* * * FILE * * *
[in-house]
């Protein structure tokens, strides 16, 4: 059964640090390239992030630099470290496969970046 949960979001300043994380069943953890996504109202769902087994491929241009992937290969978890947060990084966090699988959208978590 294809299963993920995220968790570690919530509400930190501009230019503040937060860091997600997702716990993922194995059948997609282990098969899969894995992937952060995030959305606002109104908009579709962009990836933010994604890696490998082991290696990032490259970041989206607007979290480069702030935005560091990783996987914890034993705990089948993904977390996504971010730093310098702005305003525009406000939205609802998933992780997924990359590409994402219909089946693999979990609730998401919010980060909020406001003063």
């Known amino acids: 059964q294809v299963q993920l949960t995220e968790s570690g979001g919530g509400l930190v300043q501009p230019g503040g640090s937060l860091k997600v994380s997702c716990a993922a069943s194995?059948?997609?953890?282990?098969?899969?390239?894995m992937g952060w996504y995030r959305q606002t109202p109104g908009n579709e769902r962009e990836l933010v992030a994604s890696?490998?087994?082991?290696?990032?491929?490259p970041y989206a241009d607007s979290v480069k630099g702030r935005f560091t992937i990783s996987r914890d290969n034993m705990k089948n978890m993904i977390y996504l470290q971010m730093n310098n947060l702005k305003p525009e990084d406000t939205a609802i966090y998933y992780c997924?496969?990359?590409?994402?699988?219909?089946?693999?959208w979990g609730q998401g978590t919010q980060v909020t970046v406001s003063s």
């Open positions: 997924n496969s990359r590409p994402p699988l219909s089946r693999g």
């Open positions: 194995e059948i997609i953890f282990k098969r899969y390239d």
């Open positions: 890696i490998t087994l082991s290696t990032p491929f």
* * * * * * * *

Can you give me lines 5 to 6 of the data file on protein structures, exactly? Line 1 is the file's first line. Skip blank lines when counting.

């Open positions: 194995e059948i997609i953890f282990k098969r899969y390239d």
């Open positions: 890696i490998t087994l082991s290696t990032p491929f």